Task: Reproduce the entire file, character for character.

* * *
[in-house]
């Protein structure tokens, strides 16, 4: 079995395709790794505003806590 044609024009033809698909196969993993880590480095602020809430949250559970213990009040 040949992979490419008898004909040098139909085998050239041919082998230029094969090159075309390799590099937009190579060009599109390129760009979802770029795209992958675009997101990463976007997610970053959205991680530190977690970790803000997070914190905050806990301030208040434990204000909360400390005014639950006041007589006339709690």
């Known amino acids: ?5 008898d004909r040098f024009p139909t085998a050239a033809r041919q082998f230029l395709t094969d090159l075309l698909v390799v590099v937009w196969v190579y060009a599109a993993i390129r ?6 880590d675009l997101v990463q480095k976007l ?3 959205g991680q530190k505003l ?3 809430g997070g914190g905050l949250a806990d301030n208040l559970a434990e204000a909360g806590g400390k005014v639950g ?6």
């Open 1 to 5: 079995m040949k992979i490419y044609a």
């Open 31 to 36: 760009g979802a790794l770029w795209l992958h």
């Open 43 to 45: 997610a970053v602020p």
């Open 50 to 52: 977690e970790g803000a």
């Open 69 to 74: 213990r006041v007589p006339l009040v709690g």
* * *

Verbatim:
[in-house]
């Protein structure tokens, strides 16, 4: 079995395709790794505003806590 044609024009033809698909196969993993880590480095602020809430949250559970213990009040 040949992979490419008898004909040098139909085998050239041919082998230029094969090159075309390799590099937009190579060009599109390129760009979802770029795209992958675009997101990463976007997610970053959205991680530190977690970790803000997070914190905050806990301030208040434990204000909360400390005014639950006041007589006339709690």
């Known amino acids: ?5 008898d004909r040098f024009p139909t085998a050239a033809r041919q082998f230029l395709t094969d090159l075309l698909v390799v590099v937009w196969v190579y060009a599109a993993i390129r ?6 880590d675009l997101v990463q480095k976007l ?3 959205g991680q530190k505003l ?3 809430g997070g914190g905050l949250a806990d301030n208040l559970a434990e204000a909360g806590g400390k005014v639950g ?6």
């Open 1 to 5: 079995m040949k992979i490419y044609a």
């Open 31 to 36: 760009g979802a790794l770029w795209l992958h």
């Open 43 to 45: 997610a970053v602020p």
């Open 50 to 52: 977690e970790g803000a």
């Open 69 to 74: 213990r006041v007589p006339l009040v709690g």